Nonfiction – Science
Illustrations: Yes – b/w photos at chapter beginnings
Suitable for eReaders: No
Mary Roach is one of Rainy Day's favorite writers. Why? She uses footnotes. You know, those notes that show up at the bottom of some pages rather than at the end of the chapter or book. Rainy Day loves footnotes and the writers who write them. She is not so fond of end notes and the writers who haven't enough respect for either Rainy Day or themselves to put their notes at the bottom of the page where they belong. But, Rainy Day rants.
Packing for Mars is a book filled with laugh-out-loud humor about living in zero G and other astronautical phenomena. Ms. Roach tells us all the things we've always wanted to know, but no one from NASA would ever talk about, and we were never in a position to ask. She was in the position to ask, and she did.
How are astronauts really chosen? (In Japan, one of the 'tests' is how fast they can fold origami cranes under stress.) How do they wash in zero G? (Or do they?) What do some of the astronauts say about their sojourns into Space? (Jim Lovell says spending two weeks in Gemini 7 was, "like spending two weeks in a latrine." Indeed, astronauts must have the right stuff. And what is the 'real' reason women didn't go along for the ride earlier than they did, especially since women are smaller, eat less, and can take higher Gs than men? (Read the book for that one.)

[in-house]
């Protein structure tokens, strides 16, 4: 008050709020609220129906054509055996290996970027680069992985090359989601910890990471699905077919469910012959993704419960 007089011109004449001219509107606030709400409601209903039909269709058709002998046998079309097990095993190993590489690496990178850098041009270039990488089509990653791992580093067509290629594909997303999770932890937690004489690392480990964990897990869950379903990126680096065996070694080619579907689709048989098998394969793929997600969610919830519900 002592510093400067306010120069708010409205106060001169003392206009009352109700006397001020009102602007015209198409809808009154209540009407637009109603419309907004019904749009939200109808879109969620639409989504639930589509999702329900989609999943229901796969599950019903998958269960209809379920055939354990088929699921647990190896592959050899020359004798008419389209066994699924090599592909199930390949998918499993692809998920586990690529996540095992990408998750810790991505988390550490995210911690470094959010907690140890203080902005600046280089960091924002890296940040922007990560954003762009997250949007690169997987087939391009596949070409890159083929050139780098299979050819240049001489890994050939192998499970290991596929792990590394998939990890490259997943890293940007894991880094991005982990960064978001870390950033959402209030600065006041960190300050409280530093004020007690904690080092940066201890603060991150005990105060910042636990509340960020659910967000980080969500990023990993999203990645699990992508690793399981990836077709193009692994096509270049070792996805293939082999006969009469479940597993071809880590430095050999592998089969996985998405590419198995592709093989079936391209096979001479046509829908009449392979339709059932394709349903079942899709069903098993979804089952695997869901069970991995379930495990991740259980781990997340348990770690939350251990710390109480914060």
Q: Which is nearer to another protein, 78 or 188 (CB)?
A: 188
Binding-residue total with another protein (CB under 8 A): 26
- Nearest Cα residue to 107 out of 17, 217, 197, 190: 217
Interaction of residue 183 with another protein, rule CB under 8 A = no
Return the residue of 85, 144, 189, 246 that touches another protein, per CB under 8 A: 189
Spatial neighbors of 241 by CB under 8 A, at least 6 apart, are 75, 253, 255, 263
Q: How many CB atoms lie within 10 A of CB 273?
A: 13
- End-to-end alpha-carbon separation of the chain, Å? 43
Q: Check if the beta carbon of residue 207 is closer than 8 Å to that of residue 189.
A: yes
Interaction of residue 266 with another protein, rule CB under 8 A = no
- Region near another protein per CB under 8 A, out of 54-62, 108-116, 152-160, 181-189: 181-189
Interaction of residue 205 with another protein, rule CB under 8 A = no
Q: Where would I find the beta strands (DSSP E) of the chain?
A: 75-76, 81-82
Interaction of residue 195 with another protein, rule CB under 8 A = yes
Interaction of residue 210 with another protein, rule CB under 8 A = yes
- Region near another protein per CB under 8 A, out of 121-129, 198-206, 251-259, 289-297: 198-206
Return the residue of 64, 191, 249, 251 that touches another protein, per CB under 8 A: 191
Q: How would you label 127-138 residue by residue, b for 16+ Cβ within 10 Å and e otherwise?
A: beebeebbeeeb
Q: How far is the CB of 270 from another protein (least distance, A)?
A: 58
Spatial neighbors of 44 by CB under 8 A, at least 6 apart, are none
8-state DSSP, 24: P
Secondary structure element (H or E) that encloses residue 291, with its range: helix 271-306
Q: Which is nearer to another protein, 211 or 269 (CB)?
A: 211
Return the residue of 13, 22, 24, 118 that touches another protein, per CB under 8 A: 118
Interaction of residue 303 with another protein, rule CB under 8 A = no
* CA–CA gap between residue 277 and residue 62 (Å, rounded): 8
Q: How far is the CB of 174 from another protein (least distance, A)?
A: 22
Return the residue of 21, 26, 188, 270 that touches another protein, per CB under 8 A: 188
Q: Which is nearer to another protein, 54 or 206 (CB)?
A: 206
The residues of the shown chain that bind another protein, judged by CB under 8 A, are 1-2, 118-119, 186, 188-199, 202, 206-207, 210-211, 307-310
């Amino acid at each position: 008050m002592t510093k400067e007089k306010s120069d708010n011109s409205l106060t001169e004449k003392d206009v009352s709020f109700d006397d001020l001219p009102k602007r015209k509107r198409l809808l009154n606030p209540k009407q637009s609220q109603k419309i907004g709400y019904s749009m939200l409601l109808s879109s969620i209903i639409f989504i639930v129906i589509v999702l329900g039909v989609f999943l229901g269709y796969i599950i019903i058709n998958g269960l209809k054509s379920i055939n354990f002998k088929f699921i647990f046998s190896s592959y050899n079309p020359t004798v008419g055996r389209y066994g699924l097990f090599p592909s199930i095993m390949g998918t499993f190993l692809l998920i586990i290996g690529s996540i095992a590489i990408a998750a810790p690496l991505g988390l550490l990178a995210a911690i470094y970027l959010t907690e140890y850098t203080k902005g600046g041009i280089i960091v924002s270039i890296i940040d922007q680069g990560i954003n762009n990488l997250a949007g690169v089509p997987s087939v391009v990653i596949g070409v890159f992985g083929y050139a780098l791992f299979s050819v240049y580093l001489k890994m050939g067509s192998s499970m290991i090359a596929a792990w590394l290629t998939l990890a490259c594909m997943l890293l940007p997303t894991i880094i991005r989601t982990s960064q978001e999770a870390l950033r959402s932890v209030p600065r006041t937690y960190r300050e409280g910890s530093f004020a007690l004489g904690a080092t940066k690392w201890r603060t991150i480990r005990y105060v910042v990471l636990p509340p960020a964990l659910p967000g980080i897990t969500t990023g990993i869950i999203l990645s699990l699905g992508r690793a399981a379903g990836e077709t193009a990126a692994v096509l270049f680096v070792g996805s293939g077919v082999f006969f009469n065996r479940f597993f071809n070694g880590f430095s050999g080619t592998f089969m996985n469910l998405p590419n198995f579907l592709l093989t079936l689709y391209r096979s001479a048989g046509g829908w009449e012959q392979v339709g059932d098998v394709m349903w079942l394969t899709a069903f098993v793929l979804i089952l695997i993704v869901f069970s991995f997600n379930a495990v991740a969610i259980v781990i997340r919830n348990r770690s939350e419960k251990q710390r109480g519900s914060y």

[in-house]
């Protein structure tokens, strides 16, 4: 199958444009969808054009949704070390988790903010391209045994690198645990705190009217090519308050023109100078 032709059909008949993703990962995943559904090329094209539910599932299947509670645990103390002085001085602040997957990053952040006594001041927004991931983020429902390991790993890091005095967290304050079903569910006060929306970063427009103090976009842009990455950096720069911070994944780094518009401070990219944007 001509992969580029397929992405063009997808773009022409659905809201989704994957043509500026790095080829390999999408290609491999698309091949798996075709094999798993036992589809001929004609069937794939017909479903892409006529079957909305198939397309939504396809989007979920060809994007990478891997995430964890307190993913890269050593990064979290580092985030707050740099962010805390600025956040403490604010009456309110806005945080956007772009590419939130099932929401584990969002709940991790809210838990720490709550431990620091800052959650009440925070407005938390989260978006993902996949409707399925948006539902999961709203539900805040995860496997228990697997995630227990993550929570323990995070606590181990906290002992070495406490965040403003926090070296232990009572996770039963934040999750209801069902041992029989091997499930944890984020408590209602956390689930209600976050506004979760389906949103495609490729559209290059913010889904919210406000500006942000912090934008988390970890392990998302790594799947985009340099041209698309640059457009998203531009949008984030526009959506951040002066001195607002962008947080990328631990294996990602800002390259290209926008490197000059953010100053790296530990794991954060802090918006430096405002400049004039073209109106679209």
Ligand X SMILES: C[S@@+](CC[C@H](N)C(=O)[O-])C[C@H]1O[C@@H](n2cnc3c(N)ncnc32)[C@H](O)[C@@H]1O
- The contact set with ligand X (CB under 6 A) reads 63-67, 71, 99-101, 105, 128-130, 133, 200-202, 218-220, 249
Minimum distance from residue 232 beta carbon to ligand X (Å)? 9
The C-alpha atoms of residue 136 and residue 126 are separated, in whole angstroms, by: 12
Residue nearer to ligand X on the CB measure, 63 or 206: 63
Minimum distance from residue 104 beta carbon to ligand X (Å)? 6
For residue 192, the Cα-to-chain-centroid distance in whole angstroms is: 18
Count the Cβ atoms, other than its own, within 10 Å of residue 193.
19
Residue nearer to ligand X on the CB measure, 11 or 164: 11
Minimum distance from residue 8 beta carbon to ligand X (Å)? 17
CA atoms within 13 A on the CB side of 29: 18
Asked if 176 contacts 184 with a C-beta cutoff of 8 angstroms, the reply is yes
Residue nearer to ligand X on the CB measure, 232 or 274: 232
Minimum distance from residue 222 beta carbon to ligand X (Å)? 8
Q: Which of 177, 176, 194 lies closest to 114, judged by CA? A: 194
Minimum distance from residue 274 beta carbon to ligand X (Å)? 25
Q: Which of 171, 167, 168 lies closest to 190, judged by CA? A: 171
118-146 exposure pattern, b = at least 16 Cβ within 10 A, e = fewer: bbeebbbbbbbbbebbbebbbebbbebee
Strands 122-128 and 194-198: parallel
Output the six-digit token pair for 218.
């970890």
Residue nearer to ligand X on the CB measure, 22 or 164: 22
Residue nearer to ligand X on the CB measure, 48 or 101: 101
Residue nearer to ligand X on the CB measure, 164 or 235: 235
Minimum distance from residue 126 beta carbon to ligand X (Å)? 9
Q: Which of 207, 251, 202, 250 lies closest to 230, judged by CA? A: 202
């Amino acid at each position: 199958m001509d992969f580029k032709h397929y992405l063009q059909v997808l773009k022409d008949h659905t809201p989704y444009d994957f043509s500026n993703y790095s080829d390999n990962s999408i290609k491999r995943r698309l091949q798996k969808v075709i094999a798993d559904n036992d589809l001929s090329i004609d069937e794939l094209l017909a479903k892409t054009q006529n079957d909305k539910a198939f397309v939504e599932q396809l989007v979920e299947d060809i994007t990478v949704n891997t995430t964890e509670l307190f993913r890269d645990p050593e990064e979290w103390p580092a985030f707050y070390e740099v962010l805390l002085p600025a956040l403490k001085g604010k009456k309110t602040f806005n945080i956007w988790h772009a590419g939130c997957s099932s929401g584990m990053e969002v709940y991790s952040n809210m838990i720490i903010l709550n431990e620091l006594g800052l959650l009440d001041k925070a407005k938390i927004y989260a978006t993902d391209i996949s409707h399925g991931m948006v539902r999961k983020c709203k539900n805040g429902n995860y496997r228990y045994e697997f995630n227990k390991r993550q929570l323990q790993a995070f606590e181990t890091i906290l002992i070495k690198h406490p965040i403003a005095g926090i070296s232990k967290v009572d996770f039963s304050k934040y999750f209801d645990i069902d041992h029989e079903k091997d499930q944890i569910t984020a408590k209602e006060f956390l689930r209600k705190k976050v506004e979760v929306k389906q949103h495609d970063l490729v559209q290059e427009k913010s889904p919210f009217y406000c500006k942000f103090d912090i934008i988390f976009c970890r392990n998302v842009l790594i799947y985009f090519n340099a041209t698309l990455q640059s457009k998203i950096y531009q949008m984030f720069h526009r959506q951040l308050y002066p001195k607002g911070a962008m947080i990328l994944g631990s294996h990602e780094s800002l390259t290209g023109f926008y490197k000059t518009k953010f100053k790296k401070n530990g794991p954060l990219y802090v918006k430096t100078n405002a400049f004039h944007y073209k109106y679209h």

Mary Roach loves weird science, or perhaps that should be science of the weird. She will tell you some of the strange quirks of nature she has found, including who might really make the best astronauts. There are people who are uniquely and biologically qualified for such a journey.
And it isn't all science. What about Muslim astronauts? They face a unique situation in space, with 90 minute days, and speeding over Mecca that a guideline was drafted allowing them to pray 5 times daily based on our 24 hour clock, and what to do instead of kneeling.
Packing for Mars is well researched, well written, and full of humor. If you ever dreamed of becoming an astronaut, read this first!
At the end, Ms. Roach thinks we should send people to Mars. Yes, it will cost more, but humans have one thing the robotic rovers do not – intuition. She also has suggestions on how to block solar radiation for such a long journey. Rainy Day, being the romantic she is, thinks the robots ought to go first, and build some domiciles in some of the martian caves near where humans need to be, and then we ought to send folks up there. Rainy Day just wishes she was young enough to go, too.
Thank you, Mary Roach, for a great and educational read!